Molly Hill Well, as with any metal— and we’ll talk about some of the things that aren’t great choices here in a minute— but the problem with a lot of metals is not so much the metal itself, but what you’re going to be cooking in it and what it can cause a chemical reaction where it’s causing the metal to leach out more. So copper is going to be fine to cook a lot of things, but anything that’s very acidic, it leaches a high amount of copper. So a lot of people warn against cooking acidic foods with copper. The FDA even recommends not cooking acidic foods with copper. But if you want to boil spaghetti in a pot or something like that, I don’t think you would have a big issue with copper. I think I would just be mindful to make sure you’re not cooking tomato soup in there.
Lisa Bass Okay. A lot of copper is— I think it’s called tinned. The copper that I have is not copper colored on the inside, only the outside. So I don’t know that I’m really cooking on copper. I think the copper just makes it to where it evenly heats, whereas I think the inside is coated with something else. Are you familiar with that?
Molly Hill Well, I don’t know that that would be standardized. I think you would have to look into it exactly your pot and what the metal would be. Because it might be just one metal, it might be an alloy of some sort.
Lisa Bass Okay, yeah, that’s something to definitely think about. I assumed it was safe, what I was using, but I’m not totally sure that it is. Now, for the most part, it hangs in my pantry as decoration and I essentially just use stainless and cast iron for absolutely everything when it comes to cookware. What are some of the other options that you use? Do you have any other go-to?
Molly Hill Yeah, I have a great brand that I love. I do use stainless steel and cast iron. I have one cast iron pan that I use the most. But I also love Xtrema. That is 100% ceramic, and they are dedicated to making a healthier product, so they’re very transparent with all of their testing. The problem you get into with some ceramics is that it can have not only coatings on top of it, which now you don’t know what’s in the coating, but also the ceramic itself can have heavy metals. They continuously test their batches and what they’re producing, and all of it falls well within the safe levels, and they publish the third party testing on their website so you can take a look. They just launched a whole new line of bakeware as well. They have so many different options. If you’re looking for tea kettles, sauté pans, anything. They have a really wide assortment. I really like them just because of how versatile all of their items are, and how much they have to choose from.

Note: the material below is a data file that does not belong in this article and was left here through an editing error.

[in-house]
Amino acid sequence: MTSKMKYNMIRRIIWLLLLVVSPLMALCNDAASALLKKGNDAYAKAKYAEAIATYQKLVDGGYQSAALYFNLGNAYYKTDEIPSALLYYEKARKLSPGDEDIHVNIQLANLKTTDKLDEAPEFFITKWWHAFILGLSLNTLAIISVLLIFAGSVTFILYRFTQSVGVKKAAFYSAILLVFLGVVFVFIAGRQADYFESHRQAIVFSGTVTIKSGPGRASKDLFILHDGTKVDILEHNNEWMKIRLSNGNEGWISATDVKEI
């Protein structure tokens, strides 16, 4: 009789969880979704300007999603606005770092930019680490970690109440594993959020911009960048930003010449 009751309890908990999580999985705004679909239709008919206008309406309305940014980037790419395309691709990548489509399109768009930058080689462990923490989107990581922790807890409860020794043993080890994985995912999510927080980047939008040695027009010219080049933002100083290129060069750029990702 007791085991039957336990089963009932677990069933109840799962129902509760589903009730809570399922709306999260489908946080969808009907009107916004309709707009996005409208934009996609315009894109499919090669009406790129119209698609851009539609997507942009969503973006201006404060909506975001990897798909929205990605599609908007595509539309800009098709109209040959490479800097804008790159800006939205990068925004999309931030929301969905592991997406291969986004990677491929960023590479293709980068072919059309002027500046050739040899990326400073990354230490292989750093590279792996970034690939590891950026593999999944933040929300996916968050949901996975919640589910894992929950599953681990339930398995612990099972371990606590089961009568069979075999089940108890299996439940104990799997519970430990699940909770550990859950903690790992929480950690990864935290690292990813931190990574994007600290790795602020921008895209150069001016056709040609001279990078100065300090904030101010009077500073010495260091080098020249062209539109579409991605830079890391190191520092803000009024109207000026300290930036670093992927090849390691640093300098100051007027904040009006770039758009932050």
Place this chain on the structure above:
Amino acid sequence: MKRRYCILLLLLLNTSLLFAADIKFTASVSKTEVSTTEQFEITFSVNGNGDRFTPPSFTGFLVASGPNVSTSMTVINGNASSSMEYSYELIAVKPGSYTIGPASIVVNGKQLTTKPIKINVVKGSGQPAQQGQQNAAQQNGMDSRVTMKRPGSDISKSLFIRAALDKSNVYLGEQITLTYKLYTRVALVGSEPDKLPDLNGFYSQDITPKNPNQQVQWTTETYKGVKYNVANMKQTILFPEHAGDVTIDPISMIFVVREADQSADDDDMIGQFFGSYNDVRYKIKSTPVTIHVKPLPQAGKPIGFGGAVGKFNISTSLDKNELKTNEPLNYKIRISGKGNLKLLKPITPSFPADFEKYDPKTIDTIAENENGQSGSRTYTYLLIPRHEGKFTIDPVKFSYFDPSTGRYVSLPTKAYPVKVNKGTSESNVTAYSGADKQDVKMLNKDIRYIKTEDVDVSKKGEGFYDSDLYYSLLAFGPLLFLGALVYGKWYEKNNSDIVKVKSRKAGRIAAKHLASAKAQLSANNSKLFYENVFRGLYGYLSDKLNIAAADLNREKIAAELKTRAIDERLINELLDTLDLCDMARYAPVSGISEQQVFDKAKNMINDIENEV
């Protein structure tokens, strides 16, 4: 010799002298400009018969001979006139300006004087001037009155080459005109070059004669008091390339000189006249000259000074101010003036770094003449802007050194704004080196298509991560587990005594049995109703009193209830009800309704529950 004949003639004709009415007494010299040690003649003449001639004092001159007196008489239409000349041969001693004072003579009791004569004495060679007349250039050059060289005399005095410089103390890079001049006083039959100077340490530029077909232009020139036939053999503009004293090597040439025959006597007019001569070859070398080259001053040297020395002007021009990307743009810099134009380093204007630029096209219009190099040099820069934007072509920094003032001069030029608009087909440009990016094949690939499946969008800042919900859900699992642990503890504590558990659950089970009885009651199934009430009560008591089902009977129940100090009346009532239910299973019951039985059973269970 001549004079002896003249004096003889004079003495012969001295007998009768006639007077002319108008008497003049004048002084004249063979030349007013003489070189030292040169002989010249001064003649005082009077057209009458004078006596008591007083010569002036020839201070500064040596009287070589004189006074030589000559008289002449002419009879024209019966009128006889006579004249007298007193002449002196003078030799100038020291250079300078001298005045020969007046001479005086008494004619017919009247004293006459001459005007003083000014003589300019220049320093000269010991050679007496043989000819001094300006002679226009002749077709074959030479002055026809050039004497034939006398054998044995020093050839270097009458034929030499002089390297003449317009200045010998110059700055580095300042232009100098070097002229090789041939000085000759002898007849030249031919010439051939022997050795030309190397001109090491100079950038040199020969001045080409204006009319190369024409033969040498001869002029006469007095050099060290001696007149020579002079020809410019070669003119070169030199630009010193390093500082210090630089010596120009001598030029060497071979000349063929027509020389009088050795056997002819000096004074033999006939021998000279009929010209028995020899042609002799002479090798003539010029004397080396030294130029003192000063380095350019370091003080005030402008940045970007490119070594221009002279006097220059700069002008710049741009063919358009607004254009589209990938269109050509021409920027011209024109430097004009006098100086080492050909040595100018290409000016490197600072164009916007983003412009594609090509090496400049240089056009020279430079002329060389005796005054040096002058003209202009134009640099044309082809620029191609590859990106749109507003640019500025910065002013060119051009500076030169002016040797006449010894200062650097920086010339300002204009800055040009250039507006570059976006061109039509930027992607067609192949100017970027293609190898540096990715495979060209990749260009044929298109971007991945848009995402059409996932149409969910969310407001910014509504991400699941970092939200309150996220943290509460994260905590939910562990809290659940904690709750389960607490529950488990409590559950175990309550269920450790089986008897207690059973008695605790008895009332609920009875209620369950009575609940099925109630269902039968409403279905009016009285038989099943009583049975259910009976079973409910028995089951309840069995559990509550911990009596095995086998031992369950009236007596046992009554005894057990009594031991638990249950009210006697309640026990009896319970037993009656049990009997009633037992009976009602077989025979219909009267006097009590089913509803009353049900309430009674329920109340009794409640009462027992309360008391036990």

Lisa Bass That’s something I was thinking about, too. I have my cookware pretty much nailed down. It’s all just cast iron and stainless steel. But our cookie sheets— now, normally I’ll put a layer of parchment paper for something like cookies, but I’m pretty sure it’s just aluminum or something. I don’t know what it is. And then I do some casseroles in glass, which I’m assuming glass is a safe option. But there’s a few applications, like muffin tins where I don’t have anything that’s a good option for that.
Molly Hill Yeah, they do make a muffin tin. Now I’ll caveat that I feel like their cookware, especially the bakeware, is pricier than— you can go to Target and get a muffin tin for, I don’t know, ten bucks. And their’s is heavy duty, full ceramic. It’s meant to last for decades, so it’s something that would be an heirloom piece that you could pass down. But the price reflects that. As far as other things— cookie sheets, you can find great quality stainless steel cookie sheets in several places. And then also Pyrex glass is very safe. They make a variety of all sorts of baking dishes, bread dishes, things like that. So those are also great options.
Lisa Bass Yeah, lots of glass I have in my kitchen as well for food storage, for casserole dishes, all that kind of stuff. A pretty good collection of that. Let’s dive into the bad. I guess Teflon is probably our first place to start on that. It’s like a solid no.
Molly Hill Solid no. I get a lot of questions about it because it’s a little confusing because some people think it’s been banned, but then they still see it on the shelf. They don’t understand, is that the same one or is it safe now? I could fill a whole podcast about Teflon, so I’ll try to just do the CliffNotes. It was phased out in 2014, but what they did is they just took out what they considered to be the bad chemical and replaced it with another chemical and relaunched it in 2015. Last year, you probably saw a lot of news about PFAs. If you’re not sure what that is, that’s anything that says it’s waterproof, stain-proof, or nonstick— it’s a class of chemicals that comprises of the things that make up those type of attributes. They swapped one PFA for another, so it’s already not looking great, according to some of the tests. So there’s advocates trying to get that pulled off the shelf again. It took 40 years of advocating for DuPont to pull the first Teflon off, so we’ll see. I would definitely skip any Teflon, any type of nonstick coating like that that’s like a knockoff Teflon. That would definitely be a no-go.
Lisa Bass On your podcast episode that you did, you or your friend were talking about somebody’s pet bird that died?
Molly Hill Yeah, so I know it’s terrible.
Lisa Bass That was really fascinating.